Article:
A look at Sheffield’s Local Supported Employment programme

The Local Supported Employment (LSE) programme in Sheffield is delivered by Sheffield City Council’s Employment and Skills service, Opportunity Sheffield. Working as Job Coaches on this project are Richard Perry and Jenat Shah.

The aim of the LSE programme is to help people with learning disabilities and or autism into paid employment. It is all about getting to know individuals and identifying their aims, goals and desires. Job Coaches find what this may look like in terms of employment, and then trying to make this happen by engaging with employers to explaining the benefits of employing somebody who is neurodiverse and supporting the participant (and the employer) to try and ensure the job is sustained. Richard and Jenat are there to help throughout the process and beyond, including an on site presence to assist with training and supervision, if required.

The programme has attracted a great number of candidates that Richard and Jenat have been working with, and there has been great feedback for the project so far. Below is a testimonial from an employer who has experienced success since engaging with the programme.

Written by Element Games

Here at Element Games Sheffield, we’ve been very happy to engage with Richard and the Sheffield Local Supported Employment Programme, after they approached us to be involved in what seems a very worthwhile scheme to help people like Bill into a supported workplace. I’ve been involved with a number of similar schemes in different areas of the country over the last 20 years, and I have to say that this has been one of the best supported I’ve yet encountered. Most of these have been “place and forget” ideas, whereas with this scheme, the Job Coach has been contactable and engaged throughout the process.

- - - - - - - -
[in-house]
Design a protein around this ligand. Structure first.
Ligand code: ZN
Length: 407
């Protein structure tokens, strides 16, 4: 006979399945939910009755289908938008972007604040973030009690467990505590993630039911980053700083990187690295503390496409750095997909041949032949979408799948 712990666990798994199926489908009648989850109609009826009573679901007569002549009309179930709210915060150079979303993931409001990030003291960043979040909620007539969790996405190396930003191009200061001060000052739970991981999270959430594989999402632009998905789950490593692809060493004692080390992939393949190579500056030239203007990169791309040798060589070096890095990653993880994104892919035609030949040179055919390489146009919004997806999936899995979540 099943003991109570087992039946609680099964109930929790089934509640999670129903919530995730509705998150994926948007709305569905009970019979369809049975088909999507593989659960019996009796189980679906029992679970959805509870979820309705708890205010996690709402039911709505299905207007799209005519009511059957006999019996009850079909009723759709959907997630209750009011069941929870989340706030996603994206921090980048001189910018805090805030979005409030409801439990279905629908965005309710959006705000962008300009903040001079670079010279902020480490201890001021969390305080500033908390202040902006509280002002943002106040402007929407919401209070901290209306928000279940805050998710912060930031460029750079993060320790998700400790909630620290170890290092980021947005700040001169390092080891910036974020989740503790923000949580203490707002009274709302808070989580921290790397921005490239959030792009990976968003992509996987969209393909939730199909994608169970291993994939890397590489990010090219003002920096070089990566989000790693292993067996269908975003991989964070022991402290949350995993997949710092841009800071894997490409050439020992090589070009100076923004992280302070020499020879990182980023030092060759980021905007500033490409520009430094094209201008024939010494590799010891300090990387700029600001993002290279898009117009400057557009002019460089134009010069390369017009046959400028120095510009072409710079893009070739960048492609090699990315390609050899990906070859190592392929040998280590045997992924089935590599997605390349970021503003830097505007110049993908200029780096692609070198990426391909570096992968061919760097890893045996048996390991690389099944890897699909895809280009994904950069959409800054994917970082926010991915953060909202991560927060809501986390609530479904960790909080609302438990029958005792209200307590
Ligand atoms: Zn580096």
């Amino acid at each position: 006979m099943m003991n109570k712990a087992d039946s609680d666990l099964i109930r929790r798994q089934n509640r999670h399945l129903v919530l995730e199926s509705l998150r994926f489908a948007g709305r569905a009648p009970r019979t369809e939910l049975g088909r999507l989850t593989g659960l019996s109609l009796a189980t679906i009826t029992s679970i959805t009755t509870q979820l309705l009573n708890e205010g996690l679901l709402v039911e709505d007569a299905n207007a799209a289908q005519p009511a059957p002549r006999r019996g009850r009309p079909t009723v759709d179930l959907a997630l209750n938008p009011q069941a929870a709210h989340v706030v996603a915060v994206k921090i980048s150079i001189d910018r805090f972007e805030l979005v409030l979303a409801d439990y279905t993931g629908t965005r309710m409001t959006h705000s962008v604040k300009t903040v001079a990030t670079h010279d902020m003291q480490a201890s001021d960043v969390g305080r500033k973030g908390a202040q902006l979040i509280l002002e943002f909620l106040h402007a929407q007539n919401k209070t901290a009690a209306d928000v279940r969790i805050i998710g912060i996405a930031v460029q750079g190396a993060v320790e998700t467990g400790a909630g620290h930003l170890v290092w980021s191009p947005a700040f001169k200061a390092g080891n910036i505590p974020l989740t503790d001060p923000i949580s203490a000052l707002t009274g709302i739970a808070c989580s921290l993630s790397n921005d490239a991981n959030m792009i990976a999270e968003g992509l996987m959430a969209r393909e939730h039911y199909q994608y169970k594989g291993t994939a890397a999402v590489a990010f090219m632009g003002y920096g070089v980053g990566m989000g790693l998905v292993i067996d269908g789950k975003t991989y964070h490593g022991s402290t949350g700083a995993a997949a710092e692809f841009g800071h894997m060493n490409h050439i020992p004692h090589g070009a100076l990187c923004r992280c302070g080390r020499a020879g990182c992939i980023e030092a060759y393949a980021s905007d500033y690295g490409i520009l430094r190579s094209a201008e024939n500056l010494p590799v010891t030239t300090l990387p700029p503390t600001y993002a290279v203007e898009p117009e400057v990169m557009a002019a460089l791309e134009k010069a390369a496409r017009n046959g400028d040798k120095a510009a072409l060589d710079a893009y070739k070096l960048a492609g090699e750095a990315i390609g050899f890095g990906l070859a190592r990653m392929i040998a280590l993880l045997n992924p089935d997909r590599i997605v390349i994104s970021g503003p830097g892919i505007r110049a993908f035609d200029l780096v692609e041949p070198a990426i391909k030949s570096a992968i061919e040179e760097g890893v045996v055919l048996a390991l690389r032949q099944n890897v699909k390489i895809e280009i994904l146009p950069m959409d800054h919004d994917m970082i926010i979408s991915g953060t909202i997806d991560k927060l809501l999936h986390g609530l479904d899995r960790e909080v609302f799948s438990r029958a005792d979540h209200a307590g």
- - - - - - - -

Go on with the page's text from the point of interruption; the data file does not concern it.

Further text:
It is no surprise to me that, with this level of support, the programme has been successful for us. Of course, expectations have to be managed in terms of what’s achievable, but the LSE has delivered benefits for all parties: Of course, the council gains an employment placement for someone who might struggle to cope with a traditional recruitment process and our company has benefited from an eager and helpful member of staff, but by far and away the biggest beneficiary has been Bill himself. When Richard first brought Bill to us, he was reluctant to speak, quiet and withdrawn. However, over the course of the last couple of months, Bill has clearly grown more comfortable and outgoing. Where he used to shuffle in the door and wait around to be given instruction, he now walks confidently into the store, gives us a smile and a wave, and checks to see if the delivery has arrived yet. Bill has also come in on his days off, to show me some of his ongoing hobby projects, which is something that he would never have done before.

Of course, this remains a project in progress. I believe there is more to come from Bill. He’s still quiet, and although he’s more willing to ask for help when he needs it, this isn’t always the case, and thus requires vigilance from the existing staff to pro-actively assist. However, it’s also important not to understate the progress that Bill has made. It’s amazing that the difference a bit of structure, as well as a welcoming working environment, can make to someone who hasn’t necessarily experienced this before. If anyone has been approached about this programme, and is unsure as to whether it’s something they should get behind, I wholeheartedly encourage them to do so. It’s a supported process, and those behind the scheme are definitely approachable and happy to assist with any help you may need.

Anybody interested in engaging with Sheffield’s LSE programme can contract Richard Perry (richard.perry@sheffield.gov.uk) or Jenat Shah (jenat.shah@sheffield.gov.uk)